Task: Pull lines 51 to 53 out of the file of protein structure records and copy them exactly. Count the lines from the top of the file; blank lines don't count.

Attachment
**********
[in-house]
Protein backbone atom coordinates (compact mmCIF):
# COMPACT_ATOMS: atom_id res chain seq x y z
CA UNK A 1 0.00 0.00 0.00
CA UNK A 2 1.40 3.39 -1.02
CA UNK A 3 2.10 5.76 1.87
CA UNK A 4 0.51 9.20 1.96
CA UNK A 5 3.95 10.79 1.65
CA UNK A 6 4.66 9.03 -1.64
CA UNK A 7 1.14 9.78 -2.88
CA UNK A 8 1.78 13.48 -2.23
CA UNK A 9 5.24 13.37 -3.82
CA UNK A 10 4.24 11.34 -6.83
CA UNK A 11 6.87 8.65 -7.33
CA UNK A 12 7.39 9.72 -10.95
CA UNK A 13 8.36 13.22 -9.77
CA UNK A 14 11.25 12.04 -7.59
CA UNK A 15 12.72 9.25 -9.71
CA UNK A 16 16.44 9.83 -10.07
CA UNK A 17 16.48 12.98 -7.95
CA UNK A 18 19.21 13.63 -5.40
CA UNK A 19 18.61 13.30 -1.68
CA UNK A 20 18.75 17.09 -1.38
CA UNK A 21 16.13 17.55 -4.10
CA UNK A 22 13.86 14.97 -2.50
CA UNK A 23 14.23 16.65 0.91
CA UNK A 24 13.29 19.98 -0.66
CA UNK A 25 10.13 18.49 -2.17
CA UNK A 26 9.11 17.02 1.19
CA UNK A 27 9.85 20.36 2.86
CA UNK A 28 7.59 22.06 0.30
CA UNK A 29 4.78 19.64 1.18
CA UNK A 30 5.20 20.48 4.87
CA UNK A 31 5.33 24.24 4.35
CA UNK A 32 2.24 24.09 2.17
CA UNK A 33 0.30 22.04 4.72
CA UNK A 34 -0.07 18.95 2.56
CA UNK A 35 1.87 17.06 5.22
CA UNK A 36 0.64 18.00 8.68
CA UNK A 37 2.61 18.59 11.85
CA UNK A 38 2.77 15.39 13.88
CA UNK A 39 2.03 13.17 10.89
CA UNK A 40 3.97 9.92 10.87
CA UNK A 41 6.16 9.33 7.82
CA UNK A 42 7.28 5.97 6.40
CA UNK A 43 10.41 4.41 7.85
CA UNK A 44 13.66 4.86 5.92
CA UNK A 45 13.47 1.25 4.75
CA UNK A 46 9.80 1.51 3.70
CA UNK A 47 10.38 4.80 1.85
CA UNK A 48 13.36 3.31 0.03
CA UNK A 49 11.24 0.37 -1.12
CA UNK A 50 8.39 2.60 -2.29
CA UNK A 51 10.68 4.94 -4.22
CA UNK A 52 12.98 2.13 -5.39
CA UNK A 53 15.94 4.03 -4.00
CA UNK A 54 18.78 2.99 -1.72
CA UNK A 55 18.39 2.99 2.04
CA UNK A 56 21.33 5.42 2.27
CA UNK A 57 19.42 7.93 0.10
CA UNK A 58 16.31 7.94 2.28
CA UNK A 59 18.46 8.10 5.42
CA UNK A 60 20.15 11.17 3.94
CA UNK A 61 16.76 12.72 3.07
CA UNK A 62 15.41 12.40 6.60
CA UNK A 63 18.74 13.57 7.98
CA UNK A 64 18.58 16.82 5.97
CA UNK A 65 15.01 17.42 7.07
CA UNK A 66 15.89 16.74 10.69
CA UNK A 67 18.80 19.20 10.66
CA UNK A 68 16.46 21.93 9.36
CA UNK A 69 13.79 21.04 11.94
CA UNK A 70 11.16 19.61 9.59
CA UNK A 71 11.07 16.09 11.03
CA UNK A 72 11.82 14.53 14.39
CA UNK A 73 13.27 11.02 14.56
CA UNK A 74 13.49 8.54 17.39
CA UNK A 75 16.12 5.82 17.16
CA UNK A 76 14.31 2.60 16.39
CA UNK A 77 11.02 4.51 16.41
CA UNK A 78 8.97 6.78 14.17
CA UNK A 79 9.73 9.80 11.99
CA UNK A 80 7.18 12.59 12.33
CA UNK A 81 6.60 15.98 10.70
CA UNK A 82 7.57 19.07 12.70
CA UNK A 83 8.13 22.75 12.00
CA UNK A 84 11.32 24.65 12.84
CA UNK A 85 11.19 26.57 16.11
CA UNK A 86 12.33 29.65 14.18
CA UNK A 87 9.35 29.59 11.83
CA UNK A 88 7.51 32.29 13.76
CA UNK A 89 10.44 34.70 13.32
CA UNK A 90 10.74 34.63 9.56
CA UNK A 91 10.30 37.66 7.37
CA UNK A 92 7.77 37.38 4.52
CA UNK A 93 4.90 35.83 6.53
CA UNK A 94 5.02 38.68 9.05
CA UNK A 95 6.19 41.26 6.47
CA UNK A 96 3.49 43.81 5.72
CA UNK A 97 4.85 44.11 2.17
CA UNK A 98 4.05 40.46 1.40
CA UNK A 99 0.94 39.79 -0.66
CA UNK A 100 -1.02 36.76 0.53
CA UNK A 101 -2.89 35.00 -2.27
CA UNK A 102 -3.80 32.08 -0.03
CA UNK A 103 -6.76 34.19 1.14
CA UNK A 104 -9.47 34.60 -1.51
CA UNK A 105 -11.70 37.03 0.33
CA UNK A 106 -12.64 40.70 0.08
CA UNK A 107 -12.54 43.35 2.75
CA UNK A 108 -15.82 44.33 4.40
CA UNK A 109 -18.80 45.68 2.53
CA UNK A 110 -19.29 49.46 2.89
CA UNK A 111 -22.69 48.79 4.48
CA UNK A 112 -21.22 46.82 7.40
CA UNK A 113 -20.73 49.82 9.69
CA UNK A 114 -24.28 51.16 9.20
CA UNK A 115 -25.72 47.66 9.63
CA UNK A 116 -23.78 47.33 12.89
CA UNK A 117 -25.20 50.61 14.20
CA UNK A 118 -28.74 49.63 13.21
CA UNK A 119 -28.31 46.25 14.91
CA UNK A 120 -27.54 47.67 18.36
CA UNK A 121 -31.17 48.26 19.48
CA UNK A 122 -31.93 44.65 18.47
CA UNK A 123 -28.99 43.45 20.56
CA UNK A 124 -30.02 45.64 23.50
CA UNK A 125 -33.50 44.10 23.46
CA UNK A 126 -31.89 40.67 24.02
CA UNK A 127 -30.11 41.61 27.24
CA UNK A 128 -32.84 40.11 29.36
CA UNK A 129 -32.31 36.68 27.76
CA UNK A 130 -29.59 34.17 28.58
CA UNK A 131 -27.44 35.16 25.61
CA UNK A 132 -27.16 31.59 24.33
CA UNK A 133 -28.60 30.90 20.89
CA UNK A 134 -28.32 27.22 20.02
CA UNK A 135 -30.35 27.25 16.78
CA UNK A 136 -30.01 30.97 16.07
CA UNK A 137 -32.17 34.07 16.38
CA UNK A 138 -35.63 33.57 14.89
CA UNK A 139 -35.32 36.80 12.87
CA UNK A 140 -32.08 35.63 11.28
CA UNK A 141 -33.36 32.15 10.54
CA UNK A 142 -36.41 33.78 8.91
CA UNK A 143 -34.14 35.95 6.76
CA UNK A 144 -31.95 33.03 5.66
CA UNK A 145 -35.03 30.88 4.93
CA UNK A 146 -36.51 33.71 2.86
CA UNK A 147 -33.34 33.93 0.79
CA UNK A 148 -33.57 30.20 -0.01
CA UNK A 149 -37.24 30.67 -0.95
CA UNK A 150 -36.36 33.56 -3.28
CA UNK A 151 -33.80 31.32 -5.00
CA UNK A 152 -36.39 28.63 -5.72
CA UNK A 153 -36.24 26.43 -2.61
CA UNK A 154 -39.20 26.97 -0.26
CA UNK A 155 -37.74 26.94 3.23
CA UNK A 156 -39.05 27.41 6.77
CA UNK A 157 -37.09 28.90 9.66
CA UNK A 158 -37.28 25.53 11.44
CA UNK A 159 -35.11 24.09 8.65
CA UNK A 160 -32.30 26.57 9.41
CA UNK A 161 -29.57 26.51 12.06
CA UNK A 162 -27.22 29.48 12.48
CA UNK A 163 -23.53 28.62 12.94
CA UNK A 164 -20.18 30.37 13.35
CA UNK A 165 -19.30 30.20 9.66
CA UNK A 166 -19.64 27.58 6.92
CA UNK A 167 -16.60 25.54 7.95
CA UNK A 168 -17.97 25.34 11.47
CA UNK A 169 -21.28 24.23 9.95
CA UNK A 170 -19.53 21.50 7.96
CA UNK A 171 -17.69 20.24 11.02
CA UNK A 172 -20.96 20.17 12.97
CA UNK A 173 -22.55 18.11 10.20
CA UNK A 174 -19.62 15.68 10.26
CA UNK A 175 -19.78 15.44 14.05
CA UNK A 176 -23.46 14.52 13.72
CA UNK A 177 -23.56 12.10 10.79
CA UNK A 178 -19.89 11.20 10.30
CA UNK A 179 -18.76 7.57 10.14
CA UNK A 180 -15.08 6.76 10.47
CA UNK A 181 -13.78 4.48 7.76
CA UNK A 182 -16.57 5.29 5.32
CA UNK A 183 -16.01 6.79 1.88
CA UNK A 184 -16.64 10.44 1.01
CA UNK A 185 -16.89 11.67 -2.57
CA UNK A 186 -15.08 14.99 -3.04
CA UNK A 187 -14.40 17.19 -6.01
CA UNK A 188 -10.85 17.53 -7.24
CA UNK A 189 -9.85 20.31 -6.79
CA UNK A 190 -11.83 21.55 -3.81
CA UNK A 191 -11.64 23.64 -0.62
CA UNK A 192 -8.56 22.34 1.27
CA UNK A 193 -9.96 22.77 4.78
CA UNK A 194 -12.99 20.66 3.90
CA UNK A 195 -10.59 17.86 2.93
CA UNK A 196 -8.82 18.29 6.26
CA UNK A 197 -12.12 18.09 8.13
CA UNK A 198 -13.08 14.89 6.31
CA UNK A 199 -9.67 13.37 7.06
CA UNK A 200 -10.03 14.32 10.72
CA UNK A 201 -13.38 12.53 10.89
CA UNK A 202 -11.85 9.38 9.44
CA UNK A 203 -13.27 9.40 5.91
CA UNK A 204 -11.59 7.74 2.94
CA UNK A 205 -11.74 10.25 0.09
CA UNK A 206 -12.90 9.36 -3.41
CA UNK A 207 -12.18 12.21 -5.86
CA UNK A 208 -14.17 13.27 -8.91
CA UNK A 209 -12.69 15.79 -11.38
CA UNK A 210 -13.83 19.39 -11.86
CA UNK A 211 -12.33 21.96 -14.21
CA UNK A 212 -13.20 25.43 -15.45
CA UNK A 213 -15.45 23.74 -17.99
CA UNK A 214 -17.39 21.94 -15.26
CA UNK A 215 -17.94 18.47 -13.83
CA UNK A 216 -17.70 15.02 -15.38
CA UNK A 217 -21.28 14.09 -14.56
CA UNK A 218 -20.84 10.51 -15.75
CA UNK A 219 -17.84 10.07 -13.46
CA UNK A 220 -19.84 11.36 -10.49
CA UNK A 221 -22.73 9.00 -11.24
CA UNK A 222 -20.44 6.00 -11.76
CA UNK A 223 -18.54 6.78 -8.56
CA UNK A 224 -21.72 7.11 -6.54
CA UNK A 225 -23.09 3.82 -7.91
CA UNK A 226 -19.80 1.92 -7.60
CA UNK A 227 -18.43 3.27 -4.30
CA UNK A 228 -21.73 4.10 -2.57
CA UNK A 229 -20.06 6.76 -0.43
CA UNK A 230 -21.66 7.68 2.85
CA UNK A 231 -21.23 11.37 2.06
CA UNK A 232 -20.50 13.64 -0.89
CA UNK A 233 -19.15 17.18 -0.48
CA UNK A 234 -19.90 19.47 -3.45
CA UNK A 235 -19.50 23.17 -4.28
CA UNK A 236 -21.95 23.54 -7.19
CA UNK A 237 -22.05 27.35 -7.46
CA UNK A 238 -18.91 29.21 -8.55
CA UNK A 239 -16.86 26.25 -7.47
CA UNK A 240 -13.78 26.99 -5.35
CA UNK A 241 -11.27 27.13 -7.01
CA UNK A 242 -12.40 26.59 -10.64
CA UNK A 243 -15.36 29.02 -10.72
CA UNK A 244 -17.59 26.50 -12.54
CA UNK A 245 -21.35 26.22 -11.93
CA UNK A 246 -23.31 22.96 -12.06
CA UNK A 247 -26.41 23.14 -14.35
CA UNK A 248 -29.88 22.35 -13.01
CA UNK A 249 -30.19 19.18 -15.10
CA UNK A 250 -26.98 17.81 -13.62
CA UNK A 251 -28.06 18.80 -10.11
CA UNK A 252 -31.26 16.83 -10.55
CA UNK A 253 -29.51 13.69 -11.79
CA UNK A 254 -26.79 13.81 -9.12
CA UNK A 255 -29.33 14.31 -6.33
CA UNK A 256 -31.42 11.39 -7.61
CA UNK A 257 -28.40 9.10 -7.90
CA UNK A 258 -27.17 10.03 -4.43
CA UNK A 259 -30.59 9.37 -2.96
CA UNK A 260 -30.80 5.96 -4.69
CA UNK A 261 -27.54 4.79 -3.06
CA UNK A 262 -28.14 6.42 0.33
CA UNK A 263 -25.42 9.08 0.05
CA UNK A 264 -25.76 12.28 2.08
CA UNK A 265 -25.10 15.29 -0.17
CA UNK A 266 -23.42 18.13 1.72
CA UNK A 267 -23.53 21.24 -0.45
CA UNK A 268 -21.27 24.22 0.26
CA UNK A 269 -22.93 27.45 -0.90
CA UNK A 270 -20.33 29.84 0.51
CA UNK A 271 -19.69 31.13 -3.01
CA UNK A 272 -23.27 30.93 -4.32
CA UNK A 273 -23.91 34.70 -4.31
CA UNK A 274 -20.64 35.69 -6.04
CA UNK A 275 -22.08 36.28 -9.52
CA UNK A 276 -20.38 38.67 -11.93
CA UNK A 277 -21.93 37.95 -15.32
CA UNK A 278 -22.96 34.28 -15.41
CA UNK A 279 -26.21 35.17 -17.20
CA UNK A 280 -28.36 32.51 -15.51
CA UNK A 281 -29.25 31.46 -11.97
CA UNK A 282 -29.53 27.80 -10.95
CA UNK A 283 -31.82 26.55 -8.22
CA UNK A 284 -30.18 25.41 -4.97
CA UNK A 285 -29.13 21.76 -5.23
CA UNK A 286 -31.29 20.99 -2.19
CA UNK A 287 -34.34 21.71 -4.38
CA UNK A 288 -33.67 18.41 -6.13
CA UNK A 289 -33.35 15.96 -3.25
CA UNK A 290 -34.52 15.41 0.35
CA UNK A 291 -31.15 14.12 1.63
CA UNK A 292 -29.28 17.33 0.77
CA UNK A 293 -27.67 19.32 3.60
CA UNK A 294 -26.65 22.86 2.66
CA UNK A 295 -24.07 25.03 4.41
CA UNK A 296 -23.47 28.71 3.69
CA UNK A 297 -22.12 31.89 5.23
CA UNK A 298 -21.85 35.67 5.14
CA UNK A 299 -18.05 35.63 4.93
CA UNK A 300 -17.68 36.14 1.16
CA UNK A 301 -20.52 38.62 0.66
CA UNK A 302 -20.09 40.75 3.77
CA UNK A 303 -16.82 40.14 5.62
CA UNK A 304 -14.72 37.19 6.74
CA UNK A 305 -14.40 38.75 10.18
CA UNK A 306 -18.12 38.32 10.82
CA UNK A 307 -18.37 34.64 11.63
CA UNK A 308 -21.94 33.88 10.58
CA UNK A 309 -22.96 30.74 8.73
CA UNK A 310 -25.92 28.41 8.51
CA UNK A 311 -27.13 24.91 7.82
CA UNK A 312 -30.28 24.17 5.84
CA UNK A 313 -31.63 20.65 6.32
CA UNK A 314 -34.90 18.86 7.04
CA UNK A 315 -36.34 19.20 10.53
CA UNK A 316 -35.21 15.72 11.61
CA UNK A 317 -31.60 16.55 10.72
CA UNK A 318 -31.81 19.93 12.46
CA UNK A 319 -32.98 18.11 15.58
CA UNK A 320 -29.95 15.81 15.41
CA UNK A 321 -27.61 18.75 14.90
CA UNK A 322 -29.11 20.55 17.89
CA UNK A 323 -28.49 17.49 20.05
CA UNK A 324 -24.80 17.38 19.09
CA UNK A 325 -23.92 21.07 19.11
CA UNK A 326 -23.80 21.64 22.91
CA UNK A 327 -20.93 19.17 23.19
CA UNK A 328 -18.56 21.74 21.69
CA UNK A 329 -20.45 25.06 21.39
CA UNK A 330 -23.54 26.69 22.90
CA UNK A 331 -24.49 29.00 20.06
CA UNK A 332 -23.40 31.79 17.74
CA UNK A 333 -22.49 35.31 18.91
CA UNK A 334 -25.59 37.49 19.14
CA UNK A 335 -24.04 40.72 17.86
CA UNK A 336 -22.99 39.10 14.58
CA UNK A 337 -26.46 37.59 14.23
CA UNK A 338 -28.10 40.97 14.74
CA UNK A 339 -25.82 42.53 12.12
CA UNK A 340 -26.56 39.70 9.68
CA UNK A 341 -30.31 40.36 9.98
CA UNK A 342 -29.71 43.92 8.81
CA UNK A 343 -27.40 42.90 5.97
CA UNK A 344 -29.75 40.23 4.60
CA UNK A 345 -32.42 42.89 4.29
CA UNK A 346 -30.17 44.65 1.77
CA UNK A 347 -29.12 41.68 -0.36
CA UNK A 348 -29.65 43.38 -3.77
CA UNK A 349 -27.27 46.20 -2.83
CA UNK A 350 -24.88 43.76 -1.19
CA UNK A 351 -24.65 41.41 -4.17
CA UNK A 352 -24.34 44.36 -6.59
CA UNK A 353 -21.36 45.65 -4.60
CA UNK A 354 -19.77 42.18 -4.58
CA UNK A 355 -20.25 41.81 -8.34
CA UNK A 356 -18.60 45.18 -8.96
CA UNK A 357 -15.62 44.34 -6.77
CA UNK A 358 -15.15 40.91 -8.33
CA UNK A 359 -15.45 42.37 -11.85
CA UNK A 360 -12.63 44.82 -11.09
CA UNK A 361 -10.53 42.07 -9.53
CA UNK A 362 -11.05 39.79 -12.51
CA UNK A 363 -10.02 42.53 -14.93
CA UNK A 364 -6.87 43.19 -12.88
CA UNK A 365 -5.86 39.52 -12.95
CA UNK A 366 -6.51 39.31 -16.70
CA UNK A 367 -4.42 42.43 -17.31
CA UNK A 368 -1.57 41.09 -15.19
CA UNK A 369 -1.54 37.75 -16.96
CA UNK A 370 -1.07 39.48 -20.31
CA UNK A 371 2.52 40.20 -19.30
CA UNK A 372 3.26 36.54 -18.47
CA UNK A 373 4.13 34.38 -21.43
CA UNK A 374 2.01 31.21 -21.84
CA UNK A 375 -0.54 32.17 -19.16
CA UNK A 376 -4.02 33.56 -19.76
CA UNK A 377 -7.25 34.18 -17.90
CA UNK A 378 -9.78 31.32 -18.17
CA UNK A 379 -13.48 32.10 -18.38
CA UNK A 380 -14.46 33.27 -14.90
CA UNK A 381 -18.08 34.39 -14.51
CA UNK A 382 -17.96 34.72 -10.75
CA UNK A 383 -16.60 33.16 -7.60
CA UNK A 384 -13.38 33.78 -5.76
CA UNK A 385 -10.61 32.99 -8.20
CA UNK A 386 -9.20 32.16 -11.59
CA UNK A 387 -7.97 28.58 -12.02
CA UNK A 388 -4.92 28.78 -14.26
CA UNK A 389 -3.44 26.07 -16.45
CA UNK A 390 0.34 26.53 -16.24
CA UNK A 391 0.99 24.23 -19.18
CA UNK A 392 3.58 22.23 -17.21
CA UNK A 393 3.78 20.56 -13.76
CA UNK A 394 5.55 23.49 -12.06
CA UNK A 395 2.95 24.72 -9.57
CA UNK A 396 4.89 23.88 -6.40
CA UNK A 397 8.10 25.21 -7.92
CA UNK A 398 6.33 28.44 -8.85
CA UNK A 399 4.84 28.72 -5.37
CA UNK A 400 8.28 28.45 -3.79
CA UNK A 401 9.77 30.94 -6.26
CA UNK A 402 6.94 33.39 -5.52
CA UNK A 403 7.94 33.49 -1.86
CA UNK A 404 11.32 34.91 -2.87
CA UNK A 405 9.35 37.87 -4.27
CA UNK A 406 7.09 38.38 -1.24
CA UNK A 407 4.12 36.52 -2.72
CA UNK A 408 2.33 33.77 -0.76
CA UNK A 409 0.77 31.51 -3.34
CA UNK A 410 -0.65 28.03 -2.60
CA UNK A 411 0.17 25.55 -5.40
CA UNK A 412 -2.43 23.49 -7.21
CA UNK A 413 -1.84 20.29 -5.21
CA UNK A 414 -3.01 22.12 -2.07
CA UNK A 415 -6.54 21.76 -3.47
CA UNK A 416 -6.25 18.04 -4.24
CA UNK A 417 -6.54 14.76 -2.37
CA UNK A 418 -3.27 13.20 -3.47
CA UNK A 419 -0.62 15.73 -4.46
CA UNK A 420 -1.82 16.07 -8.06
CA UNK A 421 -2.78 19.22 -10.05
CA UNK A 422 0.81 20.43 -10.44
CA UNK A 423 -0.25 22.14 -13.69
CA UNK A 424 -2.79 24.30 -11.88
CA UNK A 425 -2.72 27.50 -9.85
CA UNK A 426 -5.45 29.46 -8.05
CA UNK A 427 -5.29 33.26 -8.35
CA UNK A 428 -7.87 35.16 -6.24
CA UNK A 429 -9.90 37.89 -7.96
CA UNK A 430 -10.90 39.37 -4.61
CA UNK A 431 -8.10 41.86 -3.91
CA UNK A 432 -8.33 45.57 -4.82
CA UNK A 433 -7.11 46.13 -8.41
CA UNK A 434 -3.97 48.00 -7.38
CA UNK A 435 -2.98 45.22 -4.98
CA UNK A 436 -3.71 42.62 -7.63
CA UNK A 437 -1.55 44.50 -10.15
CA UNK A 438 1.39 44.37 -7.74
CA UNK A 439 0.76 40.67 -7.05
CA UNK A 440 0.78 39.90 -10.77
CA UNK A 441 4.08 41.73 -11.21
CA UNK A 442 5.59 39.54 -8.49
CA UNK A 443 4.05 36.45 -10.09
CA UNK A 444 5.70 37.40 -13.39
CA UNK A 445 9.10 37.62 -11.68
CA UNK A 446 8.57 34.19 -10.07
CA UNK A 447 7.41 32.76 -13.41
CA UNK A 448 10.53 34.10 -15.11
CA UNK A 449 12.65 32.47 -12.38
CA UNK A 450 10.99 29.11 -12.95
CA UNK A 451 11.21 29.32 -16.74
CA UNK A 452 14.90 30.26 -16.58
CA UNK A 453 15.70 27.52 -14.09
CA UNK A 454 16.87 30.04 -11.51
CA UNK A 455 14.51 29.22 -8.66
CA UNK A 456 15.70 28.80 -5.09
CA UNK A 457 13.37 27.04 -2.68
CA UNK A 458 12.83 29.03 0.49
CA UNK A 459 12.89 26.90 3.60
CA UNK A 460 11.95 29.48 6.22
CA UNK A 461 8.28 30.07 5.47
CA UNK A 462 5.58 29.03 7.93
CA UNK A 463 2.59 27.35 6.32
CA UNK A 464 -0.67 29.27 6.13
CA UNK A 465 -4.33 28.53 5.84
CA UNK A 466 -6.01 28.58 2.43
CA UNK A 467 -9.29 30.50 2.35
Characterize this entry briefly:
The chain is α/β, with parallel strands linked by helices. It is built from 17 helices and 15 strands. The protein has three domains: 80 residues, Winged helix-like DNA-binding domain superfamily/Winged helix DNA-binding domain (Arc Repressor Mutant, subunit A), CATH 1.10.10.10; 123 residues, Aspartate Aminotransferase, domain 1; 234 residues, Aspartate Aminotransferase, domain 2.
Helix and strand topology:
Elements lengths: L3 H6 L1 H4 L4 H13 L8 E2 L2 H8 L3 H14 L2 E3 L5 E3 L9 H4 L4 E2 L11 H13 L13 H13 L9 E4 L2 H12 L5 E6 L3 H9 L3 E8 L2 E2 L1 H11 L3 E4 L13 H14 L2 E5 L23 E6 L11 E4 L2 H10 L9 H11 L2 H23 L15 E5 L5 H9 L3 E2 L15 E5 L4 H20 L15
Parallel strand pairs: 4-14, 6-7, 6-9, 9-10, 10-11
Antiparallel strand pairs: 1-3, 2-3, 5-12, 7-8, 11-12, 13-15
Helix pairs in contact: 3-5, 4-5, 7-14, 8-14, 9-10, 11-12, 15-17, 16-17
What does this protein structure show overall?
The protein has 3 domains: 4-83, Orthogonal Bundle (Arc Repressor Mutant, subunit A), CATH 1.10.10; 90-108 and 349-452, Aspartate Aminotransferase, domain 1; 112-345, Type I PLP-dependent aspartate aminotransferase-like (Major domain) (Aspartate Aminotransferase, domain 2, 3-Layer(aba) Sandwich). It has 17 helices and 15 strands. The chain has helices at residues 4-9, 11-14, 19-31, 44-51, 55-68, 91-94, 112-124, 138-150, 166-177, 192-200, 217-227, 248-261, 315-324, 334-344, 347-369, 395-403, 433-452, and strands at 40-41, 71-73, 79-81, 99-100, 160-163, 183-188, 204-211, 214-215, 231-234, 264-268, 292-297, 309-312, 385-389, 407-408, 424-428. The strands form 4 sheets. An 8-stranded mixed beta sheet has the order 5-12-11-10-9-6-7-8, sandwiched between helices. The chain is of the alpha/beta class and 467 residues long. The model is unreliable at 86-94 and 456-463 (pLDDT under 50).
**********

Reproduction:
CA UNK A 48 13.36 3.31 0.03
CA UNK A 49 11.24 0.37 -1.12
CA UNK A 50 8.39 2.60 -2.29